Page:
1. The main point: throughout the period, the number of Muslim births has been steadily catching up, and has already overtaken in 2016. Based on the trends, it is certain that the gap between Muslim and Hindu births in Kerala is set to increase further, setting Kerala on a course to becoming a Muslim majority state (e.g., in 30 years, there will be many more Muslim youth than Hindu youth).
  2. Somewhere between 2007 and 2011, the number of Hindu births peaked, and has been declining since then, while the number of Muslim births may possibly have peaked in 2014 but we cannot yet be sure of that.
  3. The year-on-year fall in Hindu births has been accelerating: about 5400 fewer Hindu births in 2014 than in 2013, about 10200 fewer in 2015 than in 2014, and about 13400 fewer in 2016 than in 2015.

Fertility rates

A brief comment on Total Fertility Rate (TFR), a statistical construct that seeks to capture the number of children a woman will have over life time. As mentioned earlier, these fertility rates are from NFHS surveys 2-4: these are less reliable than the previous figures since they are statistically extrapolated from samples.


Year Hindu TFR Muslim TFR Christian TFR
NFHS-4 2015-16 1.42 1.86 1.51
NFHS-3 2005-06 1.53 2.46 “2.11”

(skipping a caveat here)

NFHS-2 1998-99 1.64 2.46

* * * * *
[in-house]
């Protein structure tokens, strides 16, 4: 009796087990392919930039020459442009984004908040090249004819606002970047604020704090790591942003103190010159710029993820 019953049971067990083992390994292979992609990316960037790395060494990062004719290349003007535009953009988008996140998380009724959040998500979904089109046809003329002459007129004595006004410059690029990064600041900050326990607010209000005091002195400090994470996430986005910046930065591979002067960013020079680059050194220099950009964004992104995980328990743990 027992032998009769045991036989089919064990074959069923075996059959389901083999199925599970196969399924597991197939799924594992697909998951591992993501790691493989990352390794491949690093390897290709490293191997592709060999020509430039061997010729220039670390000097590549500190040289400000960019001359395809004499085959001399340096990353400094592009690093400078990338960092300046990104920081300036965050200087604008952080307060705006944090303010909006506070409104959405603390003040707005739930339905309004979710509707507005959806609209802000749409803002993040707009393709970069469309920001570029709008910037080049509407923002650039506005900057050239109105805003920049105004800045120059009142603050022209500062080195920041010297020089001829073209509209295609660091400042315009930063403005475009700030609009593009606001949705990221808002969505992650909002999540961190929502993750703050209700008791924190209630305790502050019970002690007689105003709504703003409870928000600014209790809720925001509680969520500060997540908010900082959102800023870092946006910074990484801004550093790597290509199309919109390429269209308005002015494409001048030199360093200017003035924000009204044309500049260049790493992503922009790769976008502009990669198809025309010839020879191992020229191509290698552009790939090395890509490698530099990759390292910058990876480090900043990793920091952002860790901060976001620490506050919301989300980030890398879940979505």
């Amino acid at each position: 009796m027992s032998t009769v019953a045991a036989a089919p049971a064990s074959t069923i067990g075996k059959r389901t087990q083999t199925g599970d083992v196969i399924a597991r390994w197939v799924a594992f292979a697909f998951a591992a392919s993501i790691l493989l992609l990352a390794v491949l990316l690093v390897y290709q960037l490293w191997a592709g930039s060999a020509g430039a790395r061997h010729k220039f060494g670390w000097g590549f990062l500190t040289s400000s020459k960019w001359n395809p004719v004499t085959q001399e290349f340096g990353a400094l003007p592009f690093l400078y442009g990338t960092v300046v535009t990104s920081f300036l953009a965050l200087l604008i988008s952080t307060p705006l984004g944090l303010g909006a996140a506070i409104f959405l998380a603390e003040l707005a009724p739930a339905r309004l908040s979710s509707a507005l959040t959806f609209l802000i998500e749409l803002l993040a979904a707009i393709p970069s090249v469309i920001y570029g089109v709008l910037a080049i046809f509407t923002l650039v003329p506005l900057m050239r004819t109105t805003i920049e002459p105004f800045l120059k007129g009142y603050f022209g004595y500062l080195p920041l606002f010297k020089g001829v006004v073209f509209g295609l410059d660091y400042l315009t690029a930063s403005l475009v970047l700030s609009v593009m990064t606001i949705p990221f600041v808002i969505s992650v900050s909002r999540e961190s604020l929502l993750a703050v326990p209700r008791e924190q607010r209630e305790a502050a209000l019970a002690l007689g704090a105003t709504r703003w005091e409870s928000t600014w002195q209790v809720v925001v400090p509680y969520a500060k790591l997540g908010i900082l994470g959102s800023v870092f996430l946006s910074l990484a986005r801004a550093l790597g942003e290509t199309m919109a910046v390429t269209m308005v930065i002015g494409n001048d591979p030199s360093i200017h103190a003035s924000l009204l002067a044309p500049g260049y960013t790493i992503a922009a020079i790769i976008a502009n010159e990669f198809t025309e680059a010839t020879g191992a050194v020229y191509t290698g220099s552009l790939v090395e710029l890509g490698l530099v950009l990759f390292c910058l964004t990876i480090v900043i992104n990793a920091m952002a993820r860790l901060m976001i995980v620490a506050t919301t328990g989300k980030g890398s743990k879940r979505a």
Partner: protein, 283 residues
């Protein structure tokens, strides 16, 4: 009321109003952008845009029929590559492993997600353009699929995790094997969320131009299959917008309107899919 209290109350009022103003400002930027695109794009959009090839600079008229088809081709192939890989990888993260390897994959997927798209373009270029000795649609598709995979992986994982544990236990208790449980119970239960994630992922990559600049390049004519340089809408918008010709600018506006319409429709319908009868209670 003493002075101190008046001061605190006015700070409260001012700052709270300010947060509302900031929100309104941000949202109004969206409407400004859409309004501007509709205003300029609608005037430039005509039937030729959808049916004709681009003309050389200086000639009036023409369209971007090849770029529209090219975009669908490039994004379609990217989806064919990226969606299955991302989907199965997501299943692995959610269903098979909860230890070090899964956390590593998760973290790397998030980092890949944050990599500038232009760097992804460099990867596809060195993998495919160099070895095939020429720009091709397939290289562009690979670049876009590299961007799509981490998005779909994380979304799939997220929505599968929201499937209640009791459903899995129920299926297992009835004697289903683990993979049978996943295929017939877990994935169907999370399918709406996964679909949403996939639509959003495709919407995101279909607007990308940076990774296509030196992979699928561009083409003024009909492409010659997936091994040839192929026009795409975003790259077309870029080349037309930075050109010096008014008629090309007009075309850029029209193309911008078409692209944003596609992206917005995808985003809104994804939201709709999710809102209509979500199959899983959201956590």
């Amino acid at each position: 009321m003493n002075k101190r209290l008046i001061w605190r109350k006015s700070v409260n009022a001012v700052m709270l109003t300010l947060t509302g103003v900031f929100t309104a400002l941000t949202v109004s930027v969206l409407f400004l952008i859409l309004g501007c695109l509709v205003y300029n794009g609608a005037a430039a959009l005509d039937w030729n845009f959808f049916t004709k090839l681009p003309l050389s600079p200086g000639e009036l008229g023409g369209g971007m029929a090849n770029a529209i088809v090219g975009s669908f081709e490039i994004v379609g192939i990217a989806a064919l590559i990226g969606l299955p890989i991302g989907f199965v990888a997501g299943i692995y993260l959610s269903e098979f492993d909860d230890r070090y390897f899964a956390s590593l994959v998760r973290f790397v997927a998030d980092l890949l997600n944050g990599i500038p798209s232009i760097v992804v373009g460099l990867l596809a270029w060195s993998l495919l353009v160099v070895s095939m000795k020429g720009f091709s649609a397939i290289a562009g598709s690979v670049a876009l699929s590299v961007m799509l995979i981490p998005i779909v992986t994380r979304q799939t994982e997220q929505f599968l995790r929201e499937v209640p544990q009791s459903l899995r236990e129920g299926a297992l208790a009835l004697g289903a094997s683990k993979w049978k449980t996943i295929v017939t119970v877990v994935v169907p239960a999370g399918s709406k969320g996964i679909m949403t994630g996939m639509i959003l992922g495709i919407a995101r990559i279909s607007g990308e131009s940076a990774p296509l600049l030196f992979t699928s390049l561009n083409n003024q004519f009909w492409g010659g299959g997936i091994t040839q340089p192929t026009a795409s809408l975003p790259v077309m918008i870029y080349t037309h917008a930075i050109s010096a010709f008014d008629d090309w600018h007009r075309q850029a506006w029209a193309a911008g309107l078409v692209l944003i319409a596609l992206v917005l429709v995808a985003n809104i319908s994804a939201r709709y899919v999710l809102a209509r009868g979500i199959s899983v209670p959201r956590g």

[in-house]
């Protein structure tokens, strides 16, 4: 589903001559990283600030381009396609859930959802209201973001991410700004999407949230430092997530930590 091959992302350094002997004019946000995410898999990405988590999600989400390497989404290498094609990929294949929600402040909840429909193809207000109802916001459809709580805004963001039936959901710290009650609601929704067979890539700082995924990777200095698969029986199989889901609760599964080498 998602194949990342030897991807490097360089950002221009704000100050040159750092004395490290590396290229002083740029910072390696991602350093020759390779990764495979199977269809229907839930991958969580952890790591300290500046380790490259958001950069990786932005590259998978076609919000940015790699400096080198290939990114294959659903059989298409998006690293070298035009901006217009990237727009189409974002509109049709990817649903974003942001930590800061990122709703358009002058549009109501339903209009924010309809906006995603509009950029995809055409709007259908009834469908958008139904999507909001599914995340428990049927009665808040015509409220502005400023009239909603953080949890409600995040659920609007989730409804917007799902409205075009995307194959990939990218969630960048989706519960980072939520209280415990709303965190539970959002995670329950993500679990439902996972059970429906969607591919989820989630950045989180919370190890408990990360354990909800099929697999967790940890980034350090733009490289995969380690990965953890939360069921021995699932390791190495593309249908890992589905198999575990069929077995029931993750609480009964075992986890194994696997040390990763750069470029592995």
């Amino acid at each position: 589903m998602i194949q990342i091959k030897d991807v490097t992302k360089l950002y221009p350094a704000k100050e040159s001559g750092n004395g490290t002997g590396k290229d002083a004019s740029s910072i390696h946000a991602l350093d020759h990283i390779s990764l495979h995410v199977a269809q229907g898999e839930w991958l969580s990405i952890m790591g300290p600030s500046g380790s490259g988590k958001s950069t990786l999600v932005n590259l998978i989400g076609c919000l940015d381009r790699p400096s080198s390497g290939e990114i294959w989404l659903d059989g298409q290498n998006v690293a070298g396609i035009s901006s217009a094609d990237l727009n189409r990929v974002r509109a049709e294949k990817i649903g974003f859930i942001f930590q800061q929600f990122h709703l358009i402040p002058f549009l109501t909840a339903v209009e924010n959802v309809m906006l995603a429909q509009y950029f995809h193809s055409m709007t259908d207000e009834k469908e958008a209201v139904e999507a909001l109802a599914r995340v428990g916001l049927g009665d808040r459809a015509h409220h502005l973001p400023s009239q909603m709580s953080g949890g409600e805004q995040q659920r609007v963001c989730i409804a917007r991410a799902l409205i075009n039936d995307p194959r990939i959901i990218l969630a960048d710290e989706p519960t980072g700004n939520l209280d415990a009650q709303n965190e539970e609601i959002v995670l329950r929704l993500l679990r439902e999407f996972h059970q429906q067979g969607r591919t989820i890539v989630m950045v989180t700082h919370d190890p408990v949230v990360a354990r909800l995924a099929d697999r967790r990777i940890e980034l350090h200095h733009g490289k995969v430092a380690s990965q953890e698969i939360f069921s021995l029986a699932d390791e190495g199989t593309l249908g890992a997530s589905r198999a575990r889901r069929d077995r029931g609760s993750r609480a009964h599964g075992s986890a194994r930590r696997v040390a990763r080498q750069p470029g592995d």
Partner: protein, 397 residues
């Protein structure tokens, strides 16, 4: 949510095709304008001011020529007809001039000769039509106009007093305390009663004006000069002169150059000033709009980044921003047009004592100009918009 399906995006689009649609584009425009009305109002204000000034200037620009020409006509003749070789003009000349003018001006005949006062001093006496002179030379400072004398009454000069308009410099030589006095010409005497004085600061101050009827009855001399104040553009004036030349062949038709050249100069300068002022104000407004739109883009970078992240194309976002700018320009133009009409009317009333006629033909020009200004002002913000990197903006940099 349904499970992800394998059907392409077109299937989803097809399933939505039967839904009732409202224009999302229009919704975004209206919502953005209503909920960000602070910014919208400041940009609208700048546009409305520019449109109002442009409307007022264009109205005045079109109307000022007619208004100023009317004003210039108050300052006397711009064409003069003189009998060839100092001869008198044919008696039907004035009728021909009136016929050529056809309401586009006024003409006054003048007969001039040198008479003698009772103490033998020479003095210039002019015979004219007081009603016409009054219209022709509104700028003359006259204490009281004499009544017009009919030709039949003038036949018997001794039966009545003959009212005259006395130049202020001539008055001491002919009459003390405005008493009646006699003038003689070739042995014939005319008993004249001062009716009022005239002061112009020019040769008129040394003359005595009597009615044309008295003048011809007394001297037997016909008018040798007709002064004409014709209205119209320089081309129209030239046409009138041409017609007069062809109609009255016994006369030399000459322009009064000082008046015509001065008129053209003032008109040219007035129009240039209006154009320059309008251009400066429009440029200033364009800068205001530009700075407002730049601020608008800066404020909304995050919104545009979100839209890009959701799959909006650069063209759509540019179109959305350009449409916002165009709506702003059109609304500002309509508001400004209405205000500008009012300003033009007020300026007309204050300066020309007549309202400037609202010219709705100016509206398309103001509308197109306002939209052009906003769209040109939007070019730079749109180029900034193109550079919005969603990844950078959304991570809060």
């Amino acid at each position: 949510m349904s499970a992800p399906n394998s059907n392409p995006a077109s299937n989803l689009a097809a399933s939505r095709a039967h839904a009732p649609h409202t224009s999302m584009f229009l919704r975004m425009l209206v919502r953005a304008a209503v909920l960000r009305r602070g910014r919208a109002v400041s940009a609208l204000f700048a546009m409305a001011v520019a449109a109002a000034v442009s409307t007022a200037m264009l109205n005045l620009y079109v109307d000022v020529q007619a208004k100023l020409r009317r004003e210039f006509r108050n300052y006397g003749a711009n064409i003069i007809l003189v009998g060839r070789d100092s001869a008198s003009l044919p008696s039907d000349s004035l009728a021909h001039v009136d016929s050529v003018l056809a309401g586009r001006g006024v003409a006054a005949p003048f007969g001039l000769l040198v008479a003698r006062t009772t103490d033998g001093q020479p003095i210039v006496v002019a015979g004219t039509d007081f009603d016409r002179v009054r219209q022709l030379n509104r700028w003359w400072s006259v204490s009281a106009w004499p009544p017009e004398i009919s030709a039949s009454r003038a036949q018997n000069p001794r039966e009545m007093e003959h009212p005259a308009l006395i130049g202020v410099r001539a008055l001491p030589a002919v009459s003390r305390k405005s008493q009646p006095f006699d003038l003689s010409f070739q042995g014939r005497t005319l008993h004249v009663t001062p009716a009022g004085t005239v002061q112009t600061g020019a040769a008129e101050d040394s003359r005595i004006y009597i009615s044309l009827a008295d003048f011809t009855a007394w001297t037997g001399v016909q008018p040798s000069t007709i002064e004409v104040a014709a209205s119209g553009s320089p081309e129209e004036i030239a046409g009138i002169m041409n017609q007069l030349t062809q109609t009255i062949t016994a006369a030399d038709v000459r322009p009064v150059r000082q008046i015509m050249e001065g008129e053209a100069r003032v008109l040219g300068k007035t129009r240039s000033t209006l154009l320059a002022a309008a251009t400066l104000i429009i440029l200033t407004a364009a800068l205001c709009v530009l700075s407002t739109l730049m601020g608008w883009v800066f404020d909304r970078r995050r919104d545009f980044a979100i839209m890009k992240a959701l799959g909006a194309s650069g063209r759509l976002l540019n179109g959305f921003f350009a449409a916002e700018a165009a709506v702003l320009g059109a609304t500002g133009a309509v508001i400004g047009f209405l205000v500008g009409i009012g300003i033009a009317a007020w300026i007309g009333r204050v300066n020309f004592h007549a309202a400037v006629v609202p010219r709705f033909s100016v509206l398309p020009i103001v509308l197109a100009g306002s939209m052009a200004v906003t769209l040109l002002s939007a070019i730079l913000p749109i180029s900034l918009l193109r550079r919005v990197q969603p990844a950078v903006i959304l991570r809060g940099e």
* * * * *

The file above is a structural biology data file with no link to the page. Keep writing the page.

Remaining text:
These reports suggest that Muslim TFR in Kerala remained almost constant between 1998-99 and 2005-06, but dipped by 2015-16, to a level that is still considerably above the Hindu and Christian levels, a level still considerably above what the Hindu TFR was in 1998-99!

A little bit more of discussion, this time sociological, on Kerala’s low Hindu TFR

The “replacement level TFR” is generally considered to be 2.1 – below that, the population will start to shrink eventually (replacement level TFR would have been 2 if there were no infant mortality and everyone who was born married, etc.). Japan and Germany have a low TFR of around 1.4 each (2016) or 1.5 each (2015), and many other European nations too have low TFRs such as around 1.8 for the United Kingdom and around 1.7 for Netherlands (in both 2015 and 2016) etc.

Most of these developed societies now consider their low TFRs to be a problem, since it leads to an ageing and shrinking population, and an even more rapidly shrinking working population which has to support the rest. European nations try to redress some of these issues by getting migrants (which leads to other problems), while Japan’s efforts to bring up the TFR without migration have not been successful.

It is in this context that we should examine Kerala’s low Hindu TFR – at 1.42, it is below those of Netherlands and United Kingdom, and comparable to those of Germany and Japan, without any of the development of these nations! While those countries are somehow trying to get their TFR up, most of us still think that our population is a problem – no, it is set to decline disastrously in many parts of the country (especially badly among the Hindus of Kerala)! This, in spite of the fact that our country is more or less self-sufficient in food-grains notwithstanding low agricultural productivity. This is the kind of problem that arises when we accept leftist superstitions without questioning.